Transport
Oral Question Period

November 7th, 2003 / 11:25 a.m.

Canadian Alliance

Chuck Strahl Fraser Valley, BC

Mr. Speaker, here is what Liberals pass off as sound government policy. The airport at Charlevoix, Quebec receives $5.3 million in federal grants while the airport in Red Deer gets only a used snowplow. Charlevoix has 1,500 flights per year and Red Deer has 40,000.

There is another difference. The major user at the Charlevoix airport is none other than the Desmarais family, the family that is related to the current Prime Minister and helped set up the shipping empire for the future prime minister. Is that why there is so much money for Charlevoix, Quebec, but so little money for Red Deer, Alberta?

Transport
Oral Question Period

11:25 a.m.

Vancouver Quadra
B.C.

Liberal

Stephen Owen Secretary of State (Western Economic Diversification) (Indian Affairs and Northern Development)

Mr. Speaker, let us speak about airports in western Canada. I made an announcement last month that the airport in Prince George would receive from the WD fund $1.85 million for an expansion. We are in negotiations now, as the member for Kootenay—Columbia knows, with the airport in Cranbrook to look at expansion opportunities.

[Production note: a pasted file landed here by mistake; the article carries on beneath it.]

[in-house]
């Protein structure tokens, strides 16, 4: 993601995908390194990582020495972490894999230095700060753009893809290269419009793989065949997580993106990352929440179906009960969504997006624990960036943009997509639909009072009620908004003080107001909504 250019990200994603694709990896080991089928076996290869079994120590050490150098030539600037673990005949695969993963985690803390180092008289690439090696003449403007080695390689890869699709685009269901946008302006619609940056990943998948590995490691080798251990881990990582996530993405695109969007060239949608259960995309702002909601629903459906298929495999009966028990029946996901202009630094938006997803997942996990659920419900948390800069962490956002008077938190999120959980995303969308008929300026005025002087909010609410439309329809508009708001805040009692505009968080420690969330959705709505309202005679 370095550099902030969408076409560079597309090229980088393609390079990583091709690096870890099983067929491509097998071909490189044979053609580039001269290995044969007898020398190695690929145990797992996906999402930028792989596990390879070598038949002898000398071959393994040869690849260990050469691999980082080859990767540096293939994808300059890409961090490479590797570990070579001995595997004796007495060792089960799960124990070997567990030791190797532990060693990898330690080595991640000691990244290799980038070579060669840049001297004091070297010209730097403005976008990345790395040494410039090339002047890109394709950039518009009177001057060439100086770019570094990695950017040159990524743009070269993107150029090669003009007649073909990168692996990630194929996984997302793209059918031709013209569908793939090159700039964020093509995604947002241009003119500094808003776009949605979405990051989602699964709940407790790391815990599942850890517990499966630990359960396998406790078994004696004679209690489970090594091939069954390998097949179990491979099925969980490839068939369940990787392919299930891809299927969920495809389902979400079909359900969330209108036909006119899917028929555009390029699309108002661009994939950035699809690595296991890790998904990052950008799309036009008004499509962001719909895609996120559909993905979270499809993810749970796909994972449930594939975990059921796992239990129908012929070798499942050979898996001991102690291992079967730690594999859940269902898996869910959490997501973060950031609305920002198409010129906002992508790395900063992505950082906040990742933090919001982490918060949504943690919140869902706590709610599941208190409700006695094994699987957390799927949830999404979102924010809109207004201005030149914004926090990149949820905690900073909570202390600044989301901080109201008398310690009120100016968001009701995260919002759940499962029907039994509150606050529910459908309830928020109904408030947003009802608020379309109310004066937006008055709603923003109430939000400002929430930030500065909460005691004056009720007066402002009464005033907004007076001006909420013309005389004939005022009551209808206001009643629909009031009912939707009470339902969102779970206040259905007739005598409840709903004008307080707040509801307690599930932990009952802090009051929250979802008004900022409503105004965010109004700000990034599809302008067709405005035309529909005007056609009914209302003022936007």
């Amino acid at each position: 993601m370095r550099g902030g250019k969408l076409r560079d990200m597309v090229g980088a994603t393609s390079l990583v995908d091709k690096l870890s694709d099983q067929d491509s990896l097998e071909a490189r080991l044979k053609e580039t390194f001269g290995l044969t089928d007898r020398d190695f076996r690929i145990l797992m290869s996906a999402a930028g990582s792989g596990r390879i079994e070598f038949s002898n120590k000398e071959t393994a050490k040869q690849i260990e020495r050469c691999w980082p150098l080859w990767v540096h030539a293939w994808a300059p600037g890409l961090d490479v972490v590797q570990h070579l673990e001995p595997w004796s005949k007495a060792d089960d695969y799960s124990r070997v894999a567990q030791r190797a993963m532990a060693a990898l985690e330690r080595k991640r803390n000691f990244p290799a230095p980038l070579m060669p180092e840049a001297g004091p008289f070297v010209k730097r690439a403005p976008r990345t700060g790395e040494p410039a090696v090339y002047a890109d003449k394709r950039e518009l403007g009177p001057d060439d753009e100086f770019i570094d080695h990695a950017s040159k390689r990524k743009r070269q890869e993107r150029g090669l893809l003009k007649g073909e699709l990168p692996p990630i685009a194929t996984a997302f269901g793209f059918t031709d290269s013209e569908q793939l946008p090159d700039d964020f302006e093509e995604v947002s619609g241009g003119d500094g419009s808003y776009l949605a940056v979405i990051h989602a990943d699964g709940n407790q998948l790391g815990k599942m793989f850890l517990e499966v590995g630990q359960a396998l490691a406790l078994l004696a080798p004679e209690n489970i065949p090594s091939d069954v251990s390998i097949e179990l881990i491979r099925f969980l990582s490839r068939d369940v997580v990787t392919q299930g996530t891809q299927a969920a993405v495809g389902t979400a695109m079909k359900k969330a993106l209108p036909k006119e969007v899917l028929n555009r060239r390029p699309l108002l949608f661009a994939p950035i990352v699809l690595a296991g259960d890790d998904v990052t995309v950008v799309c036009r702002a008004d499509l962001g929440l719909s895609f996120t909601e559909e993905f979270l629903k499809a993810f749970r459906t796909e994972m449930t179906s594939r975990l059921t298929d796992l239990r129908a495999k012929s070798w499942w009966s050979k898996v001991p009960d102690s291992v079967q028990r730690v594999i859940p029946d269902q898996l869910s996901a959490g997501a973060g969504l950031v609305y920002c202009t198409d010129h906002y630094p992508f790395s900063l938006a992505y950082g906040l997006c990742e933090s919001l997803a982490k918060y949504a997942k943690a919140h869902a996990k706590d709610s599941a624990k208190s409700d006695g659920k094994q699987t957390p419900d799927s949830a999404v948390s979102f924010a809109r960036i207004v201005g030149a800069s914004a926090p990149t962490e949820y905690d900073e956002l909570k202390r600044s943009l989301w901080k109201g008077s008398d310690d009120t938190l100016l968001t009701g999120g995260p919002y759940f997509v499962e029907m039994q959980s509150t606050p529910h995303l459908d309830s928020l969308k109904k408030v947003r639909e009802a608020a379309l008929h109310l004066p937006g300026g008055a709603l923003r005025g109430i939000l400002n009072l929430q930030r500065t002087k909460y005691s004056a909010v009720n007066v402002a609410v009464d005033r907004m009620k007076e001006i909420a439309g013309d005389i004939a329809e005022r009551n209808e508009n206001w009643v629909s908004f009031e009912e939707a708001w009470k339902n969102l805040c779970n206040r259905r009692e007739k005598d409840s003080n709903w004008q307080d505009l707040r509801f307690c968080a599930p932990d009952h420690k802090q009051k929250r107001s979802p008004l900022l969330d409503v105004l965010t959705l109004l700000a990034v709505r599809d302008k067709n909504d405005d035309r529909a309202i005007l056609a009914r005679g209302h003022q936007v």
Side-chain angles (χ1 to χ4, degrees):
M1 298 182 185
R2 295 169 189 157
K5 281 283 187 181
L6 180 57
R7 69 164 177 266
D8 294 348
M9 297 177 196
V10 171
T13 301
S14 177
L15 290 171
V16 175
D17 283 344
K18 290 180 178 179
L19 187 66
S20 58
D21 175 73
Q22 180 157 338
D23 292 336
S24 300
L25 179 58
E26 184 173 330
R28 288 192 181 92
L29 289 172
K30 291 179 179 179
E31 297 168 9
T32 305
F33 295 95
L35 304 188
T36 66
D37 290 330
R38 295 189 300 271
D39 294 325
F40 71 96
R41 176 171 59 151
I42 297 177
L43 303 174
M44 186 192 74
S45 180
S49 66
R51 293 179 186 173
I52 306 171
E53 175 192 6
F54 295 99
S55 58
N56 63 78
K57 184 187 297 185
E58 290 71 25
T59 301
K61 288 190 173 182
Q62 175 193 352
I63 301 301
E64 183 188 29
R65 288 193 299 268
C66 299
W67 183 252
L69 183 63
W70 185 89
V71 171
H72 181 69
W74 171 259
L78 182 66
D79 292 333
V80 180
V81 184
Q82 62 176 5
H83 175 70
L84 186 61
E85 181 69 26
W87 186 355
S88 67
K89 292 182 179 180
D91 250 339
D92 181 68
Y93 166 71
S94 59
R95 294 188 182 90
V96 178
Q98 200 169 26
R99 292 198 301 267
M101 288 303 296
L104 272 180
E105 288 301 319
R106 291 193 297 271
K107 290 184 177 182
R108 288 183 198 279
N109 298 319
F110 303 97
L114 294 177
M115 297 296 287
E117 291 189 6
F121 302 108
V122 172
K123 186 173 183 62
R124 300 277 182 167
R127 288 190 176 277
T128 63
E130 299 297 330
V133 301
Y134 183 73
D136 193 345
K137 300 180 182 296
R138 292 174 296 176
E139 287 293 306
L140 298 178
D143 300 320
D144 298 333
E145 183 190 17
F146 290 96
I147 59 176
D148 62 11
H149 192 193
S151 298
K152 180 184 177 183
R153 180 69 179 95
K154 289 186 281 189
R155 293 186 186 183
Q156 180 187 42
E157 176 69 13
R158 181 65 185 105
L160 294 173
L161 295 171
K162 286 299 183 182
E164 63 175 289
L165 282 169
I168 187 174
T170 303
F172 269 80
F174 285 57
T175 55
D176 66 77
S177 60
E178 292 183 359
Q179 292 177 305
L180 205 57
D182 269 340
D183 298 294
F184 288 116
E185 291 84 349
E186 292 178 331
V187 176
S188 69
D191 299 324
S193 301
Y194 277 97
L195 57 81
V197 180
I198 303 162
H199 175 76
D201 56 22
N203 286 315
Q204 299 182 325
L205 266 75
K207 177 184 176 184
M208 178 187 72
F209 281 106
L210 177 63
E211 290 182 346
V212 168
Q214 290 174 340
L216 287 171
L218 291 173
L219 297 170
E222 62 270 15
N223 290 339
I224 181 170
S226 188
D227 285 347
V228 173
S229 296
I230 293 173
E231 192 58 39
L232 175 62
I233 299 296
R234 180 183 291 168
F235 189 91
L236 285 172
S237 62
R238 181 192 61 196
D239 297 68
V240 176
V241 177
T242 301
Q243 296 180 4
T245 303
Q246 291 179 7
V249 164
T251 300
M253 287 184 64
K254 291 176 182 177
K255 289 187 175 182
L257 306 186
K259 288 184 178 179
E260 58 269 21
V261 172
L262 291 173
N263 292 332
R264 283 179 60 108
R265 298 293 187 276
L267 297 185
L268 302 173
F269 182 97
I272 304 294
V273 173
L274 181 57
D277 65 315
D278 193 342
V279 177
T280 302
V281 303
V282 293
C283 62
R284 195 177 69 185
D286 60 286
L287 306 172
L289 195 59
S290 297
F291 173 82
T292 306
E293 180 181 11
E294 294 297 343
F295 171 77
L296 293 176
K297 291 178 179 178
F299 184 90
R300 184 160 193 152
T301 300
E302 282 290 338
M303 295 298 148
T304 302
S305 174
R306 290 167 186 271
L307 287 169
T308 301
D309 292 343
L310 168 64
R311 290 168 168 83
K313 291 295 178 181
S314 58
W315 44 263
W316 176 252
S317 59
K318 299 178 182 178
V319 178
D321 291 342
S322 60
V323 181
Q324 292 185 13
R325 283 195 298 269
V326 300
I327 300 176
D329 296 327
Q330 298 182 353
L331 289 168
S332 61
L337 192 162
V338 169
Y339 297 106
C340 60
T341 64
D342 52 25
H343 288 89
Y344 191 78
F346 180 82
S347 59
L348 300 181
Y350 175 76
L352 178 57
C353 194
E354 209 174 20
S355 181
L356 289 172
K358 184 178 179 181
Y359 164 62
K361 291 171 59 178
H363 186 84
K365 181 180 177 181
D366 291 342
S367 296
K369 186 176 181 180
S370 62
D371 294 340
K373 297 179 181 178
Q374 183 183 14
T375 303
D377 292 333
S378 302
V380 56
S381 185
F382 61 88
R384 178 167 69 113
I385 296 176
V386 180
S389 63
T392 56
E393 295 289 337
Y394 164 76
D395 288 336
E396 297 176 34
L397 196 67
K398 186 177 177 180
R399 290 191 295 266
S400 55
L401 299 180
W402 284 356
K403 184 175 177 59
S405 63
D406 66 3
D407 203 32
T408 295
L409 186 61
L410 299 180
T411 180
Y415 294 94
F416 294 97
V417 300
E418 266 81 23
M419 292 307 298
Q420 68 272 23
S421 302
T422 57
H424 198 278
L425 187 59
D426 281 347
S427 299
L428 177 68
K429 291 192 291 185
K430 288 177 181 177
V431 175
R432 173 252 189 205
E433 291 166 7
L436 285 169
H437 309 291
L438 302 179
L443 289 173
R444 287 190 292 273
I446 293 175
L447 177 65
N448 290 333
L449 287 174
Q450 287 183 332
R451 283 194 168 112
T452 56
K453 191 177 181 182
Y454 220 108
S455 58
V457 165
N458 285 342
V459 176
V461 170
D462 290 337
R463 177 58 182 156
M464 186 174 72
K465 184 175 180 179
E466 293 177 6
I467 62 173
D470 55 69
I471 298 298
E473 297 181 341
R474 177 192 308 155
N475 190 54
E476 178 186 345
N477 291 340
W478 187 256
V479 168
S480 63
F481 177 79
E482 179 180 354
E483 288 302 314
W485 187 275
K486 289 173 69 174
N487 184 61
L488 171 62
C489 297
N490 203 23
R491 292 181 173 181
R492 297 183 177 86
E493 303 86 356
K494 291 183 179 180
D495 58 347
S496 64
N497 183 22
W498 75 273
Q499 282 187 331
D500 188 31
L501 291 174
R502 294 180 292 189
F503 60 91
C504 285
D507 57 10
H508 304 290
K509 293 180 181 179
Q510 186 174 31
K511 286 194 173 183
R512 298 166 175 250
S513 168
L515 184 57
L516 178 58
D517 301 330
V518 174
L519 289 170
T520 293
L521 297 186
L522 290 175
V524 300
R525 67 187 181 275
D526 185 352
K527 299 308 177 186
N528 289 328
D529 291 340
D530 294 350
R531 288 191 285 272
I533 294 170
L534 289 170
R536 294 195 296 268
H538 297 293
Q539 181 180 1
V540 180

The fact is that under the Canada infrastructure program, priority was not given by the City of Red Deer to the airport expansion. It used up the allocated funds for other priorities. If it wants to apply--

Transport
Oral Question Period

11:25 a.m.

The Speaker

The hon. member for Fraser Valley.

Transport
Oral Question Period

11:25 a.m.

Canadian Alliance

Chuck Strahl Fraser Valley, BC

Mr. Speaker, let us do the math for the minister. The airport in Charlevoix, Quebec gets $5.3 million in federal grants. The airport in Red Deer gets a used snowplow. That works out to $3,500 for each of the 1,500 flights into Charlevoix and two handfuls of rusty bolts for every flight into Red Deer.

How can the Liberal minister stand in his place and claim he is being fair and impartial when clearly this is another case where the friends of the current and future prime ministers are the ones who get the federal help?

Transport
Oral Question Period

11:25 a.m.

Vancouver Quadra
B.C.

Liberal

Stephen Owen Secretary of State (Western Economic Diversification) (Indian Affairs and Northern Development)

Mr. Speaker, hearing the hon. member repeat his question and his accusation, I will try to do more than just repeat the explanation I gave to him.

It is extremely important when we have infrastructure programs that we look to local municipalities to identify their priorities. This has been done in the City of Red Deer. I am sure that perhaps with the future municipal-rural infrastructure program the City of Red Deer will want to give priority to the expansion of its airport. We as a federal partner with the province and the local governments will want to pay great attention and give emphasis to its priorities.